A new article from Healthline reveals a potential change to the diagnosis of diabetes.
Based on a study from Dr. Maria Mercedes Chang Villacreses at the City of Hope’s Diabetes and Metabolism Research Institute in California, a shift may be needed in how healthcare providers go about diagnosing type 1 or type 2 diabetes.
One of the most common diagnostic tools for diabetes is the hemoglobin A1C blood test because it doesn’t require patients to fast before or after taking it. Based on Dr. Chang Villacreses’ research, the A1C test “should not be solely used to determine the prevalence of diabetes,” because, based on the results of her study, the A1C test didn’t detect diabetes in 73% of patients, who were then later confirmed with the condition after undergoing a glucose tolerance test.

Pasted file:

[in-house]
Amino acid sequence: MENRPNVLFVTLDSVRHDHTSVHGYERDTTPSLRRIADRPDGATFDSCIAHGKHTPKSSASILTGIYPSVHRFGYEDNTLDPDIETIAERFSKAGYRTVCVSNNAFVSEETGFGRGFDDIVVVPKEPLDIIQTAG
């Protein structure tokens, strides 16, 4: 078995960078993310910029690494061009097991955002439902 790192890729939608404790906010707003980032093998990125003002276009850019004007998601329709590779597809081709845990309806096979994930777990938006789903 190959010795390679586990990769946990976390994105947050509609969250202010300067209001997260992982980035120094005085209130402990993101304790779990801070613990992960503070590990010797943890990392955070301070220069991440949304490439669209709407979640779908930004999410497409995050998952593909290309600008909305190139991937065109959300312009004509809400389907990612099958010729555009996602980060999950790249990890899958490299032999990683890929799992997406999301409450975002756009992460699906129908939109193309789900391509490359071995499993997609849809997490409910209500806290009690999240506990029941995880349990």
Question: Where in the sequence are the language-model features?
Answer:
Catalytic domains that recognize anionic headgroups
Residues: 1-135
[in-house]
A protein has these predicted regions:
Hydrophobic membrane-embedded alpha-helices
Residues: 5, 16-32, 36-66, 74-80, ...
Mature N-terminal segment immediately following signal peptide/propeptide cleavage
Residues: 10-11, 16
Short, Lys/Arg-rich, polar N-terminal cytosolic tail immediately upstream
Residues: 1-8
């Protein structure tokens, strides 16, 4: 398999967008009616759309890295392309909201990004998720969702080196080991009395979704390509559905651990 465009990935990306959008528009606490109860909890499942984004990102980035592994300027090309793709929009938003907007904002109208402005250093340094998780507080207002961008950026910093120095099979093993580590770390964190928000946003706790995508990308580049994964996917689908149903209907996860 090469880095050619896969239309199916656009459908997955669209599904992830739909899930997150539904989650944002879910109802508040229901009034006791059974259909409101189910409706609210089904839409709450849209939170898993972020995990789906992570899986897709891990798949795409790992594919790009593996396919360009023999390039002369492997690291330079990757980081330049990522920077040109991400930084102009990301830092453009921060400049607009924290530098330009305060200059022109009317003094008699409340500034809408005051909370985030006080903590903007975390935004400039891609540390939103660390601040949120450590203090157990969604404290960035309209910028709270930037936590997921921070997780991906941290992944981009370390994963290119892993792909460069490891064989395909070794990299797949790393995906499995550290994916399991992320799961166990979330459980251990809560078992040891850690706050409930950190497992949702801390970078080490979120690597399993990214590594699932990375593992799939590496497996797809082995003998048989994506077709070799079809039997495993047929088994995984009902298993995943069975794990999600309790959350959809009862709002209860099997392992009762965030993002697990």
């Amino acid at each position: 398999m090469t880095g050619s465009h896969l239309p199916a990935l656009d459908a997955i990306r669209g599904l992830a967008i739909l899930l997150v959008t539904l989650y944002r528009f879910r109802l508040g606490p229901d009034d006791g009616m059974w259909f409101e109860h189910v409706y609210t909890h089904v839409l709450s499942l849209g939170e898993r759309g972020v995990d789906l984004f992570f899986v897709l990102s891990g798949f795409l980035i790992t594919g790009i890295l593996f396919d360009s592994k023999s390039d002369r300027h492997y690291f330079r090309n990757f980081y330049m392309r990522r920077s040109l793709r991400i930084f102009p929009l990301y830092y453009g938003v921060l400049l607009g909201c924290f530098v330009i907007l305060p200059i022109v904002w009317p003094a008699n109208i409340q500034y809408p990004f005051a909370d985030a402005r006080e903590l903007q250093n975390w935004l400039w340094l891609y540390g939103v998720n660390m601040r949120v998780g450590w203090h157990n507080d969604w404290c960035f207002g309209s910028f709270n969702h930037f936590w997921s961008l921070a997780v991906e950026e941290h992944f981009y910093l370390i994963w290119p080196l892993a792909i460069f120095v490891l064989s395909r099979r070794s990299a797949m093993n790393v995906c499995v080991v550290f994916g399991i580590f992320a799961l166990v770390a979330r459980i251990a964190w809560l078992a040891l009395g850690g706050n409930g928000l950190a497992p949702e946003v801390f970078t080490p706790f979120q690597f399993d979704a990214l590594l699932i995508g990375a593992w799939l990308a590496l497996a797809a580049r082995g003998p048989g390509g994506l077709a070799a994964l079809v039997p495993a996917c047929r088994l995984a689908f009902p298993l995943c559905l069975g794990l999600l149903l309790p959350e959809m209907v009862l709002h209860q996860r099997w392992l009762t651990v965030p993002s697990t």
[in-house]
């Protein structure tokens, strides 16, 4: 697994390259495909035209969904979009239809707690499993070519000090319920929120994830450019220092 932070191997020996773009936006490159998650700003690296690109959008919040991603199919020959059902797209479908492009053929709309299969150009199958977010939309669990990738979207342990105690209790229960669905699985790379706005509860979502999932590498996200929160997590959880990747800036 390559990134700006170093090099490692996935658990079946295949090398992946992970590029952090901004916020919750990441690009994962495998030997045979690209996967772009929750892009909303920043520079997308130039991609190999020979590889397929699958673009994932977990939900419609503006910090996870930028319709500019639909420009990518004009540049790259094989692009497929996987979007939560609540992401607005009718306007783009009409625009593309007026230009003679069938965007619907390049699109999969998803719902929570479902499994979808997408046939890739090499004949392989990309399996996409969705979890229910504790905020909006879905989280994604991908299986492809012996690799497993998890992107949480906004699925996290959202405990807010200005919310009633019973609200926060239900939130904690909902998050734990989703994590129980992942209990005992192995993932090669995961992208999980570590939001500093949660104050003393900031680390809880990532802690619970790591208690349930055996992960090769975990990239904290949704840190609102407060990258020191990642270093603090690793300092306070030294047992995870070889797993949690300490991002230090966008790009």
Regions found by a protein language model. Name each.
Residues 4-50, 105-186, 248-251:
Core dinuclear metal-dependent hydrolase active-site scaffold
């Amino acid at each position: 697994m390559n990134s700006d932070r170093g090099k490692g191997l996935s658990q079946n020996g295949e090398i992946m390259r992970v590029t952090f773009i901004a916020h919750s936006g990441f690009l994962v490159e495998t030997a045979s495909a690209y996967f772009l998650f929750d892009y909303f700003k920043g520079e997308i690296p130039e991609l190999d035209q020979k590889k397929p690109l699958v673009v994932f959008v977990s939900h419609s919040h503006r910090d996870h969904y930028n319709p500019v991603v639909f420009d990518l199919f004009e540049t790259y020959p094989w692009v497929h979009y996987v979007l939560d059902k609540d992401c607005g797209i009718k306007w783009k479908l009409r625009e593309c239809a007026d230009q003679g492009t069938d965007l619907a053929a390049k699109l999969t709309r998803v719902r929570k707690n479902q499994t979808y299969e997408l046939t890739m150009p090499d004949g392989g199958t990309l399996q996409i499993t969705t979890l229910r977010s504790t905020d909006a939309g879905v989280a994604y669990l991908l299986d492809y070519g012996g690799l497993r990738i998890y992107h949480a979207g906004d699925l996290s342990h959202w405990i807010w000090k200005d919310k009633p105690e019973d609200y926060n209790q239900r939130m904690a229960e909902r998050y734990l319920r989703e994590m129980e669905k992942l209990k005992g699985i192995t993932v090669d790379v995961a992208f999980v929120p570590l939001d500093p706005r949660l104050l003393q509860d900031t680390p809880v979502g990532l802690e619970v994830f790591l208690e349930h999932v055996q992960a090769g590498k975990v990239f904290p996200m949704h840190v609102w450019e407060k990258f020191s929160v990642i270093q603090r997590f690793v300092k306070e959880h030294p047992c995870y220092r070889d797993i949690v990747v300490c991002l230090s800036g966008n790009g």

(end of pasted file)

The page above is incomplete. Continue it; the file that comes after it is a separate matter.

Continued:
The glucose tolerance test is another tool used to measure the patient’s response to glucose, but does require pre- and post-test fasting and a reduction of carbohydrate intake several days after the test.
The study reveals a potential need to update guidelines, or at least more research into how type 1 and type 2 diabetes are diagnosed.